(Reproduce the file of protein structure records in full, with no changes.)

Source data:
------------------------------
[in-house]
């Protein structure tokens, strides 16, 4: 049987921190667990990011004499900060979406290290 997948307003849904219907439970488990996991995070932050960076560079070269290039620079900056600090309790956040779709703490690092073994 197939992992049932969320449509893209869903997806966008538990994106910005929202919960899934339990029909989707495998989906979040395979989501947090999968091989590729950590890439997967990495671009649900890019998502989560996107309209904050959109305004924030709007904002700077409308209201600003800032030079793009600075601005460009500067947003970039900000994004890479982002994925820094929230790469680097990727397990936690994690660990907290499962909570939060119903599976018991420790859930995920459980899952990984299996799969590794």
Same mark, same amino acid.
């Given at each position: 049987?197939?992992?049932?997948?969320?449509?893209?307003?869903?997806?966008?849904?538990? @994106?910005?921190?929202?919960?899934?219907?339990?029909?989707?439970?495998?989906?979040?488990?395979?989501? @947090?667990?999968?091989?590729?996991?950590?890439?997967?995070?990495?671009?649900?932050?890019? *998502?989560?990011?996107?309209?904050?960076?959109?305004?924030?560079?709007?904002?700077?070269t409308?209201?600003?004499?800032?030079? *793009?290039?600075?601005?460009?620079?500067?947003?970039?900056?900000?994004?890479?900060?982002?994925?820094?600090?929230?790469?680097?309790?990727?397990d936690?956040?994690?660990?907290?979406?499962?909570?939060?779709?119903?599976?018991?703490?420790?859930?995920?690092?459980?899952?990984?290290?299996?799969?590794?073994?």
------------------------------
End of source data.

[in-house]
């Protein structure tokens, strides 16, 4: 049987921190667990990011004499900060979406290290 997948307003849904219907439970488990996991995070932050960076560079070269290039620079900056600090309790956040779709703490690092073994 197939992992049932969320449509893209869903997806966008538990994106910005929202919960899934339990029909989707495998989906979040395979989501947090999968091989590729950590890439997967990495671009649900890019998502989560996107309209904050959109305004924030709007904002700077409308209201600003800032030079793009600075601005460009500067947003970039900000994004890479982002994925820094929230790469680097990727397990936690994690660990907290499962909570939060119903599976018991420790859930995920459980899952990984299996799969590794």
Same mark, same amino acid.
């Given at each position: 049987?197939?992992?049932?997948?969320?449509?893209?307003?869903?997806?966008?849904?538990? @994106?910005?921190?929202?919960?899934?219907?339990?029909?989707?439970?495998?989906?979040?488990?395979?989501? @947090?667990?999968?091989?590729?996991?950590?890439?997967?995070?990495?671009?649900?932050?890019? *998502?989560?990011?996107?309209?904050?960076?959109?305004?924030?560079?709007?904002?700077?070269t409308?209201?600003?004499?800032?030079? *793009?290039?600075?601005?460009?620079?500067?947003?970039?900056?900000?994004?890479?900060?982002?994925?820094?600090?929230?790469?680097?309790?990727?397990d936690?956040?994690?660990?907290?979406?499962?909570?939060?779709?119903?599976?018991?703490?420790?859930?995920?690092?459980?899952?990984?290290?299996?799969?590794?073994?």